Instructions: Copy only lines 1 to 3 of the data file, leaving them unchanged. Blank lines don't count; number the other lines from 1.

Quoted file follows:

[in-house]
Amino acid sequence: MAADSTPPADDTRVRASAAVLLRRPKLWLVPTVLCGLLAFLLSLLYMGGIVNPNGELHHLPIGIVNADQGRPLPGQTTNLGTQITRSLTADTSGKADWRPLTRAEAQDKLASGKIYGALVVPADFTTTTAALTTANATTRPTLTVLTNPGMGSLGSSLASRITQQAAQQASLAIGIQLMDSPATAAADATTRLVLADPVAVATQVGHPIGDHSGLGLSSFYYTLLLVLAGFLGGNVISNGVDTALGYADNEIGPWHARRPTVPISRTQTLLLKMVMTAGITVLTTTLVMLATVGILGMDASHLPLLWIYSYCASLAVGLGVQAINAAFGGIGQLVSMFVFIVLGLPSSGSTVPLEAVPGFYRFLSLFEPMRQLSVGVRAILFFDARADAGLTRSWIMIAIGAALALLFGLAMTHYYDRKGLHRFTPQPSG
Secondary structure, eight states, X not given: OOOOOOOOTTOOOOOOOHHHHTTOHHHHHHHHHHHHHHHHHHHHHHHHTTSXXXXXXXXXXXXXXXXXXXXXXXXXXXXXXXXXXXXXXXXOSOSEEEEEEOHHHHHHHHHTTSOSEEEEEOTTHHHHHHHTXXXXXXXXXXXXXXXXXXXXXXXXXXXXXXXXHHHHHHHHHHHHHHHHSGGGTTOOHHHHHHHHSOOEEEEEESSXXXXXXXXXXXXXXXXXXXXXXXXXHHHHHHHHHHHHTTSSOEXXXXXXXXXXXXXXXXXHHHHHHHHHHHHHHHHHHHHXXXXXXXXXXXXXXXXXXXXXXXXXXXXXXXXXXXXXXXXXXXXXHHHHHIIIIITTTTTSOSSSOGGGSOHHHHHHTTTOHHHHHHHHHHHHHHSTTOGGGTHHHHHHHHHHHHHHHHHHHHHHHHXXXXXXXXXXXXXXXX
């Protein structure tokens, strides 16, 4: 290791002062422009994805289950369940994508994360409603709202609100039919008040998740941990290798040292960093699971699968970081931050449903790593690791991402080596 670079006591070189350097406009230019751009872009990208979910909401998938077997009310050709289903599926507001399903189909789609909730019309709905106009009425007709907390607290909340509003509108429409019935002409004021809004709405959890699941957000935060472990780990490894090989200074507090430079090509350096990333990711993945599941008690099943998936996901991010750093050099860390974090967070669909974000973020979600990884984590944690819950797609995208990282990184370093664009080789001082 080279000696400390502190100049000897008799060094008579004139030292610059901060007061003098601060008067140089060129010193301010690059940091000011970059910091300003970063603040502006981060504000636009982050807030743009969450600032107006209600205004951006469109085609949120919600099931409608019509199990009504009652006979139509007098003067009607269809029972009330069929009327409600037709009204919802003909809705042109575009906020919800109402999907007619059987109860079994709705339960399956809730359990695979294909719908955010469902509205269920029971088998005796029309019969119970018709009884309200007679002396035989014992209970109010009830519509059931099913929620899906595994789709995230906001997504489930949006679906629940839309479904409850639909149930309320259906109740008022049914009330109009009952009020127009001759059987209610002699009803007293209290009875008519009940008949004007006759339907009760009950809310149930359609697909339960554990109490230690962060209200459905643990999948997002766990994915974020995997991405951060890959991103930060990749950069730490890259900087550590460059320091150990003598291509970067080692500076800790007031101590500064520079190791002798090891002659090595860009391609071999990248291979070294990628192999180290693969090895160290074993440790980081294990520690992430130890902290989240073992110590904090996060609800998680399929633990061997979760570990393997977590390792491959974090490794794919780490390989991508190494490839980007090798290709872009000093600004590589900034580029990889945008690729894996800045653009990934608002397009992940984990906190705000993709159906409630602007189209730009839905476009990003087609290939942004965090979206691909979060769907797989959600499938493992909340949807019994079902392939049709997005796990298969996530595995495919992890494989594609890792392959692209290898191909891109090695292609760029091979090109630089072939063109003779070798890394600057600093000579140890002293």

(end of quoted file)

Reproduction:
[in-house]
Amino acid sequence: MAADSTPPADDTRVRASAAVLLRRPKLWLVPTVLCGLLAFLLSLLYMGGIVNPNGELHHLPIGIVNADQGRPLPGQTTNLGTQITRSLTADTSGKADWRPLTRAEAQDKLASGKIYGALVVPADFTTTTAALTTANATTRPTLTVLTNPGMGSLGSSLASRITQQAAQQASLAIGIQLMDSPATAAADATTRLVLADPVAVATQVGHPIGDHSGLGLSSFYYTLLLVLAGFLGGNVISNGVDTALGYADNEIGPWHARRPTVPISRTQTLLLKMVMTAGITVLTTTLVMLATVGILGMDASHLPLLWIYSYCASLAVGLGVQAINAAFGGIGQLVSMFVFIVLGLPSSGSTVPLEAVPGFYRFLSLFEPMRQLSVGVRAILFFDARADAGLTRSWIMIAIGAALALLFGLAMTHYYDRKGLHRFTPQPSG
Secondary structure, eight states, X not given: OOOOOOOOTTOOOOOOOHHHHTTOHHHHHHHHHHHHHHHHHHHHHHHHTTSXXXXXXXXXXXXXXXXXXXXXXXXXXXXXXXXXXXXXXXXOSOSEEEEEEOHHHHHHHHHTTSOSEEEEEOTTHHHHHHHTXXXXXXXXXXXXXXXXXXXXXXXXXXXXXXXXHHHHHHHHHHHHHHHHSGGGTTOOHHHHHHHHSOOEEEEEESSXXXXXXXXXXXXXXXXXXXXXXXXXHHHHHHHHHHHHTTSSOEXXXXXXXXXXXXXXXXXHHHHHHHHHHHHHHHHHHHHXXXXXXXXXXXXXXXXXXXXXXXXXXXXXXXXXXXXXXXXXXXXXHHHHHIIIIITTTTTSOSSSOGGGSOHHHHHHTTTOHHHHHHHHHHHHHHSTTOGGGTHHHHHHHHHHHHHHHHHHHHHHHHXXXXXXXXXXXXXXXX